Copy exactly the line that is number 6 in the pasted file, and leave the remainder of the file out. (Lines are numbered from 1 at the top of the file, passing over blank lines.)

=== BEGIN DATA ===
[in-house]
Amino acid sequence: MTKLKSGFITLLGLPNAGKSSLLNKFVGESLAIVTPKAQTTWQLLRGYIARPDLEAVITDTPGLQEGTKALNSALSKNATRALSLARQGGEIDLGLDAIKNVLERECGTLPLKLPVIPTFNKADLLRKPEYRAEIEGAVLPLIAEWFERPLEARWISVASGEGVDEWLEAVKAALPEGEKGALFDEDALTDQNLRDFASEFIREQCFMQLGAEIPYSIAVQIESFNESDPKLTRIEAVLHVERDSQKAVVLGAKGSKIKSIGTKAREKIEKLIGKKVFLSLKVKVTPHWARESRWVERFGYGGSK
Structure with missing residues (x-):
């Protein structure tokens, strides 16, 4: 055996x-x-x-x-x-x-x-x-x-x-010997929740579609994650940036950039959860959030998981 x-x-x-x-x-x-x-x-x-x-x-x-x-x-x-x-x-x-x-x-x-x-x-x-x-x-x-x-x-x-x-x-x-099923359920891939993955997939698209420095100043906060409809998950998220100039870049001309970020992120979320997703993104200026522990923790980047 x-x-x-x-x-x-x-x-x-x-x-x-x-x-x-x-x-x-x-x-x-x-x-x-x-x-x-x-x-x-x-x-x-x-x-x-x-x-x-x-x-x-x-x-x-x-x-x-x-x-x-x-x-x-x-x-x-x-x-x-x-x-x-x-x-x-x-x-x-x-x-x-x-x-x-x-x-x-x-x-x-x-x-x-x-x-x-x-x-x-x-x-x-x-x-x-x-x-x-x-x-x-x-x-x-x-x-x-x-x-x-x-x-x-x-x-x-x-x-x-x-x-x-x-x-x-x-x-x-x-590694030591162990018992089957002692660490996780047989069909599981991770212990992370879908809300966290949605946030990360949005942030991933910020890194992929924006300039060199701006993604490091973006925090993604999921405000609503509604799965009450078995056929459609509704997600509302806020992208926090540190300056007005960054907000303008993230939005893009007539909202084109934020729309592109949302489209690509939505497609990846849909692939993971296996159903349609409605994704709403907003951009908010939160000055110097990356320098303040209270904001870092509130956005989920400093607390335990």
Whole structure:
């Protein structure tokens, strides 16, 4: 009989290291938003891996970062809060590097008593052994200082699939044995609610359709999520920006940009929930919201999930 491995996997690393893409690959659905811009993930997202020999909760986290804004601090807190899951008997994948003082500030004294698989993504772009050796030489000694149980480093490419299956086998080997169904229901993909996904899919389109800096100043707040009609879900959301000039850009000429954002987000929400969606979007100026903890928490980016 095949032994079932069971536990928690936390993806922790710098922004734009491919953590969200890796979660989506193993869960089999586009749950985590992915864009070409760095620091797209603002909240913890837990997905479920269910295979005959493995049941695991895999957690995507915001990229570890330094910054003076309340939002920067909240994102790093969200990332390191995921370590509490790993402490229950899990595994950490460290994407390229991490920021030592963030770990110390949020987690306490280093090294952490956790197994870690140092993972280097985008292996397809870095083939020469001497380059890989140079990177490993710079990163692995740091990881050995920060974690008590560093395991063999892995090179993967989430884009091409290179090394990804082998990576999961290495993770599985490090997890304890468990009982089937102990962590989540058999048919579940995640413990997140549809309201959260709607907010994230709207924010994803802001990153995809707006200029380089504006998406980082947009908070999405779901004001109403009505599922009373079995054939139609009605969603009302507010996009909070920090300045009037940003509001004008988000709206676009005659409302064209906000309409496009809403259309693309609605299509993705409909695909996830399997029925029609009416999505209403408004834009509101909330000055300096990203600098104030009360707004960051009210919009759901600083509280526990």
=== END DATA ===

């Protein structure tokens, strides 16, 4: 009989290291938003891996970062809060590097008593052994200082699939044995609610359709999520920006940009929930919201999930 491995996997690393893409690959659905811009993930997202020999909760986290804004601090807190899951008997994948003082500030004294698989993504772009050796030489000694149980480093490419299956086998080997169904229901993909996904899919389109800096100043707040009609879900959301000039850009000429954002987000929400969606979007100026903890928490980016 095949032994079932069971536990928690936390993806922790710098922004734009491919953590969200890796979660989506193993869960089999586009749950985590992915864009070409760095620091797209603002909240913890837990997905479920269910295979005959493995049941695991895999957690995507915001990229570890330094910054003076309340939002920067909240994102790093969200990332390191995921370590509490790993402490229950899990595994950490460290994407390229991490920021030592963030770990110390949020987690306490280093090294952490956790197994870690140092993972280097985008292996397809870095083939020469001497380059890989140079990177490993710079990163692995740091990881050995920060974690008590560093395991063999892995090179993967989430884009091409290179090394990804082998990576999961290495993770599985490090997890304890468990009982089937102990962590989540058999048919579940995640413990997140549809309201959260709607907010994230709207924010994803802001990153995809707006200029380089504006998406980082947009908070999405779901004001109403009505599922009373079995054939139609009605969603009302507010996009909070920090300045009037940003509001004008988000709206676009005659409302064209906000309409496009809403259309693309609605299509993705409909695909996830399997029925029609009416999505209403408004834009509101909330000055300096990203600098104030009360707004960051009210919009759901600083509280526990």